The three-way Republican Primary race in Jacksonville’s House District 16 took a turn in late July, when Gov. Ron DeSantis endorsed the candidate with the least money and fewest endorsements in the field.
“Kiyan Michael is an Angel Mom, military spouse & lifelong Jacksonville resident,” Gov. DeSantis tweeted. “Kiyan has stood with me in the fight against illegal immigration and will be a leader in the Florida House as we fight Biden’s open border policies. I am proud to endorse her candidacy for HD 16.”
The DeSantis endorsement shook up a race that, at least in terms of fundraising, seemed to become static. At the time, Michael had around $23,000 cash on hand, which was roughly one-tenth of what the leading fundraiser in the race had. But the Governor’s backing gave Michael, a first-time candidate, a platform to compete with two political veterans.
A $50,000 donation from the Friends of Ron DeSantis political committee funded Michael’s first television ad, which featured Gov. DeSantis’ endorsement and detailed the tragic death of Kiyan’s son, Brandon, who was killed 15 years ago in a car crash by an undocumented immigrant.
The DeSantis push for Michael presented a contrast to the messaging elsewhere in the campaign, which has been characterized by bruising back and forth rhetoric from Chet Stokes, a Jacksonville Beach City Councilman who manages the Marsh Landing Country Club, and Lake Ray, a political veteran who helms the First Coast Manufacturers’ Association.
Stokes dealt with a number of personal revelations throughout the campaign, including having to announce that he did not graduate Auburn University as campaign material claimed.
Ray also dealt with adverse news cycles, including one where his estranged sister resurfaced to endorse Michael, with Ray pretending briefly that she did not exist.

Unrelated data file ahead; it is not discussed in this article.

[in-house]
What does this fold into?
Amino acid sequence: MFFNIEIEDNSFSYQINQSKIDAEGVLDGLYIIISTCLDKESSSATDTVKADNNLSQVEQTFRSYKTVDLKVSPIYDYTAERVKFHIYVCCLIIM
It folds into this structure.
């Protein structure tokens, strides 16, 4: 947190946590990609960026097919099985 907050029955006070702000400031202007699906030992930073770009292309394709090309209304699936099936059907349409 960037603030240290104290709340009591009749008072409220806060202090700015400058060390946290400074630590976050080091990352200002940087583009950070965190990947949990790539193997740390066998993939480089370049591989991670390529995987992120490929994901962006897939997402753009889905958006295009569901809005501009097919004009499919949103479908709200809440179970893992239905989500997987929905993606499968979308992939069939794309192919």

Headed into the homestretch of the campaign, Michael is finding traction with donors right on time for the Aug. 23 Republican Primary for the Duval County seat in the House, after a campaign dominated by stronger fundraising from her opponents, both White male political veterans.
During the week ending Aug. 5, Michael reported raising $54,000 between her campaign account and the supportive Friends of Kiyan Michael political committee. The Safety Net Hospital Alliance gave $1,000 to her campaign account, while other donors with statewide profiles gave even bigger sums to her committee account.
One particularly significant donation was from ICI Homes of Daytona Beach, which gave the Michael committee $10,000. ICI Homes is owned by Mori Hosseini, who chairs the University of Florida Board of Trustees.
Though Michael has recent momentum, she still faces a cash deficit even now. Stokes has aggressively self-funded, adding a quarter million dollars of his own. He still has $225,000 to spend as of this writing.
The Stokes camp was philosophical upon the DeSantis endorsement of Michael, saying that endorsements were of limited utility unless the money was there to message them. Whether that’s true or not, the candidate’s self-funding suggests he is looking to hedge bets.
Ray, a political veteran from the western part of the district, represented the former House District 12 for four terms. Donations were slow for him in the week ending Aug. 5, with just over $5,000 raised between his political committee, A Stronger Florida for Us, and his campaign account. After spending roughly $40,000 that week on media, he has roughly $110,000 on hand.
Only Republicans can vote in this race, as two write-in candidates qualified and closed the Primary, creating an interesting battle of a DeSantis-backed candidate against two more establishment figures.